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GMV Regional Fruit Fly Project secures extension

Victoria’s Minister for Agriculture Jaclyn Symes has announced the Goulburn Murray Valley (GMV) Regional Fruit Fly Project will be extended until 30 June, 2020.

GMV Regional Fruit Fly Coordinator Ross Abberfield said the project, which commenced in 2017, had applied a strategic approach to the Area Wide Management of the pest and successfully brought industry, community, and government together.

“Victoria’s Goulburn Murray Valley is regarded as the ‘Fruit Bowl of Australia’ and is the largest producer of pears in the southern hemisphere, so protecting this positioning is essential to the region’s economy,” Ross said.

“The challenge of curbing the spread of fruit fly is paramount to our horticulture industry.”

The project has been funded through the Managing Fruit Fly in Victoria Regional Grants Program, as part of the Victorian Government’s investment in keeping our agricultural sector secure and preventing the spread of pests and diseases.

The gross value of Australian horticulture varieties considered Queensland Fruit Fly (Qfly) hosts is approximately eleven and half billion dollars annually. The gross value of Goulburn Murray Valley (GMV) horticultural varieties which are considered a host is approximately four hundred and fifteen million dollars annually.

The GMV Regional Fruit Fly Project area of 16,354 sq km encompasses the five local government areas of Campaspe Shire, Greater Shepparton City Council, Strathbogie Shire, Moira Shire, and Berrigan Shire and covers a population of 150,067 people.

The project’s action plan objectives are to:

  1. Strengthen fruit fly management through coordination and collaboration between industry, government, and community.
  2. Improve Qfly management in commercial orchards and community areas.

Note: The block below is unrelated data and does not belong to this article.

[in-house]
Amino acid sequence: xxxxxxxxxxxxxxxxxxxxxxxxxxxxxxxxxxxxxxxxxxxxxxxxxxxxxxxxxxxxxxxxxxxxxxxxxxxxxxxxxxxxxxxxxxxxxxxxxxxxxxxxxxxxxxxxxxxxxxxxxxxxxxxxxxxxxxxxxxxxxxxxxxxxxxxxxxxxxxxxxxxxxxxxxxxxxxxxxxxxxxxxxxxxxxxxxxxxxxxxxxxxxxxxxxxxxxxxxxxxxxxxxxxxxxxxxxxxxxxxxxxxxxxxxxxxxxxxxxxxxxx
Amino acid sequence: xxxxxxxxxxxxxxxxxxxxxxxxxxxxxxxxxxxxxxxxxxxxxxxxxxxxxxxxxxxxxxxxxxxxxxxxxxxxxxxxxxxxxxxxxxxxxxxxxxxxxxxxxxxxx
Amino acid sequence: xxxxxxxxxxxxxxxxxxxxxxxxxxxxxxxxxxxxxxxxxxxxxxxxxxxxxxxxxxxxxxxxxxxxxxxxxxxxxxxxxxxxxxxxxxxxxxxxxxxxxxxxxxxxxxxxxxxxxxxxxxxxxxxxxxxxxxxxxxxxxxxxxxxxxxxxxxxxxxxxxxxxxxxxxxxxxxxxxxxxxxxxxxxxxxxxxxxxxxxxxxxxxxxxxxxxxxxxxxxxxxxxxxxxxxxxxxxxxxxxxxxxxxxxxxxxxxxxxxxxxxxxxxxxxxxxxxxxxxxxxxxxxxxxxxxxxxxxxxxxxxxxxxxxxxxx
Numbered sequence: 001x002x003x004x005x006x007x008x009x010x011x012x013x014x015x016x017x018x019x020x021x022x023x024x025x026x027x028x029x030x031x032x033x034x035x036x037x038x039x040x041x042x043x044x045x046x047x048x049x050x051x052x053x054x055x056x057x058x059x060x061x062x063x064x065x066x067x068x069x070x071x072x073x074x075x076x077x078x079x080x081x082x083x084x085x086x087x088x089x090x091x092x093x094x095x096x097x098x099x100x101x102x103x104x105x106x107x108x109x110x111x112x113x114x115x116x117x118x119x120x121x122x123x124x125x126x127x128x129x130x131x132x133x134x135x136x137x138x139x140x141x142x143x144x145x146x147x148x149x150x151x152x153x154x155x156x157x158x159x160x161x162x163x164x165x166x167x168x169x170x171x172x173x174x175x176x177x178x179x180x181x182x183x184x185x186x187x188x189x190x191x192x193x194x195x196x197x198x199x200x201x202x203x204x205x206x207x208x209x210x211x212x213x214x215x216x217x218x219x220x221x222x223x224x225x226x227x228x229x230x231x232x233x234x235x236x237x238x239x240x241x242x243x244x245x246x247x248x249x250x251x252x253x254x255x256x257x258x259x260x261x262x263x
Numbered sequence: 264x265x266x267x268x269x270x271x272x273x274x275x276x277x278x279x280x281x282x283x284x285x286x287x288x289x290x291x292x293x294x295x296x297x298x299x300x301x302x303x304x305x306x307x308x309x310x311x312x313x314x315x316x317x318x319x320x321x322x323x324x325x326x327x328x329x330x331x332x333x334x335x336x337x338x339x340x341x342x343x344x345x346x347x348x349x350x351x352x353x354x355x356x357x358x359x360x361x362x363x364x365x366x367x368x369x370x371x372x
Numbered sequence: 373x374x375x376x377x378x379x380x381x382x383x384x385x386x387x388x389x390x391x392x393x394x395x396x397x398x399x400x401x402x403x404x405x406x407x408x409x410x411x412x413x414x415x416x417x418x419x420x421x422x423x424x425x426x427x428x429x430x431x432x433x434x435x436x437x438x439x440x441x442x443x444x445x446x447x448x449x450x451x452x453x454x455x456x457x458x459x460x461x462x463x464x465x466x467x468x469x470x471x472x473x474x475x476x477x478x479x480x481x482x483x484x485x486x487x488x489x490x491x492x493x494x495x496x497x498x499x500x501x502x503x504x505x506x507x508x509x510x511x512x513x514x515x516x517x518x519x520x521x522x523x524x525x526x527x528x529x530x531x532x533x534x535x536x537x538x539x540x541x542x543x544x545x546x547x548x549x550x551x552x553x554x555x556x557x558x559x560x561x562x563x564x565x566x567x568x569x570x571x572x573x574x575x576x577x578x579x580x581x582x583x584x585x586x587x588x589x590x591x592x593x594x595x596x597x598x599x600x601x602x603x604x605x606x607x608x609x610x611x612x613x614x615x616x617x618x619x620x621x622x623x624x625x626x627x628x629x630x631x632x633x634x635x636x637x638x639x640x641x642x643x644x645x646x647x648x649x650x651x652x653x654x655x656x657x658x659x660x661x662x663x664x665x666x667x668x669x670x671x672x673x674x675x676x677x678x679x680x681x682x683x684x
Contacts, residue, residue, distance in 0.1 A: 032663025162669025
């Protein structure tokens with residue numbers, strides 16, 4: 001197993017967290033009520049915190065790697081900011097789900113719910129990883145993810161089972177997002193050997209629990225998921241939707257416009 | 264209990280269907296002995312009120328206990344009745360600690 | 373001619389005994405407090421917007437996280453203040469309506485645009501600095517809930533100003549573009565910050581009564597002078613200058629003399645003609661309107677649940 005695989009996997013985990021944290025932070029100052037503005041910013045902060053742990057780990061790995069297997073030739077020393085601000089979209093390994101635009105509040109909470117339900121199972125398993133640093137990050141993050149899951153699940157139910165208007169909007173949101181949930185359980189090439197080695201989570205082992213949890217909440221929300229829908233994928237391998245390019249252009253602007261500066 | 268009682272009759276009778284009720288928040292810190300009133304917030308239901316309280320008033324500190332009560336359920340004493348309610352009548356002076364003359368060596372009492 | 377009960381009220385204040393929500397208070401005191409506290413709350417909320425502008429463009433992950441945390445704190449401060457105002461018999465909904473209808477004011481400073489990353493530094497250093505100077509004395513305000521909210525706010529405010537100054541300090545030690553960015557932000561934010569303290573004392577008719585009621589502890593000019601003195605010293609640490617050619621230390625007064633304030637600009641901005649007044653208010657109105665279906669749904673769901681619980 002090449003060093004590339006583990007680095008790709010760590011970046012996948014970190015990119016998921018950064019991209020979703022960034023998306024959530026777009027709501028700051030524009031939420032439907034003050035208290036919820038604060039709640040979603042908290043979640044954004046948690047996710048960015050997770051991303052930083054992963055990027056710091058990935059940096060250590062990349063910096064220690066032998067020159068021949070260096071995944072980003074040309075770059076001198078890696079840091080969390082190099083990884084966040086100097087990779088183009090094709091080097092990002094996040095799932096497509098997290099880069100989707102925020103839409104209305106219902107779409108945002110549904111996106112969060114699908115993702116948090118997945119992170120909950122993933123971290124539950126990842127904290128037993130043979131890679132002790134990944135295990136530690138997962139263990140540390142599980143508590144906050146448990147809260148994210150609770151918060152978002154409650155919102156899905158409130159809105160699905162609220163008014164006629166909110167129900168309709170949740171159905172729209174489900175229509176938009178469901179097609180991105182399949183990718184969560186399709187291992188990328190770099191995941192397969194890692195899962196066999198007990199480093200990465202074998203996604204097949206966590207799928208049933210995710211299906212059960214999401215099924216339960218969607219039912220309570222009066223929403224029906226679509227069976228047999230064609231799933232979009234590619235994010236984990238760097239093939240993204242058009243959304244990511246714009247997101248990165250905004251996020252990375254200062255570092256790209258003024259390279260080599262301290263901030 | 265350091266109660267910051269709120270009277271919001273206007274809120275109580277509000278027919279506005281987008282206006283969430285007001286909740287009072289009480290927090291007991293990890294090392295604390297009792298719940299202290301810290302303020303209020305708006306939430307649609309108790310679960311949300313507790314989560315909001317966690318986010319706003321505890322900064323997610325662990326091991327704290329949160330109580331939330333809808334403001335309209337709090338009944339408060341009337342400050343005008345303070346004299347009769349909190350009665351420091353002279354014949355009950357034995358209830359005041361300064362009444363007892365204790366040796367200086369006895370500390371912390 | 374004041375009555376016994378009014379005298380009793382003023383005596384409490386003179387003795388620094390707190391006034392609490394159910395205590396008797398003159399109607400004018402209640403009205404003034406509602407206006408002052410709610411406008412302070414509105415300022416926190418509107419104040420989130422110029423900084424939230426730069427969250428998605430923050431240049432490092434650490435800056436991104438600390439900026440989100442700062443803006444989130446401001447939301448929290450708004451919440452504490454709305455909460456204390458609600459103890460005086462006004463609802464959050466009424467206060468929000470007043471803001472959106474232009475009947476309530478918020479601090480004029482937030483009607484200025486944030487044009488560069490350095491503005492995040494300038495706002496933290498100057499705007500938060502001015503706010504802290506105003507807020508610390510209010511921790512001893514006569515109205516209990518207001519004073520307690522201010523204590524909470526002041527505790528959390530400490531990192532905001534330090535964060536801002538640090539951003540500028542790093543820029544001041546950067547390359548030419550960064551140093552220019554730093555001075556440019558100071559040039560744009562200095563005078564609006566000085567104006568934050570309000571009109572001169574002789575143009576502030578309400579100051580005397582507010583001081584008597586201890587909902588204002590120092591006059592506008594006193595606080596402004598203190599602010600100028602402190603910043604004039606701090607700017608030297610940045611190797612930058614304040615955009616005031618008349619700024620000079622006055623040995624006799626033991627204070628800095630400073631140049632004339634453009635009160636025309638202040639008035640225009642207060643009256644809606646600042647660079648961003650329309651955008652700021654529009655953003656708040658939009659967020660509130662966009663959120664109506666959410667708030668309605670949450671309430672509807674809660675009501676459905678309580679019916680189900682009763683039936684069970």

3. Support and prioritise Qfly research in the GMV region.

The project monitors between 350-400 Linfield traps in its regional trapping grid, which are read weekly from 1 October and 20 April and fortnightly from 1 July to 30 September. The data is collated, analysed and interpreted by an independent researcher who then provides monthly updates, trends, and forecasts.

Based on trapping grid data and Qfly numbers, Field Officers are deployed to targeted ‘hot spots’ and to date have completed 2,000 field reports since the project’s inception.

Other key achievements recorded by the project to date include:

  • Identification and targeted removal of more than 270ha of unmanaged orchards, assisting landholders to reduce unmanaged fruit fly habitat and removal at no cost to the landholder;
  • Removal and eradication of more than 5,500 fruit fly host trees and plants from private and public land at no cost to landowners;
  • Installation of 240 signs, banners and bollards in 37 towns across the region to improve community awareness of the pest;
  • The formation of partnerships with Lions International, Rotary International, Connect GV, Billabong Nursery and other community, industry, and government agencies.

“What we are doing is really making a difference in practical terms. It is imperative that we maintain and build on the successes we are achieving,” said Ross.

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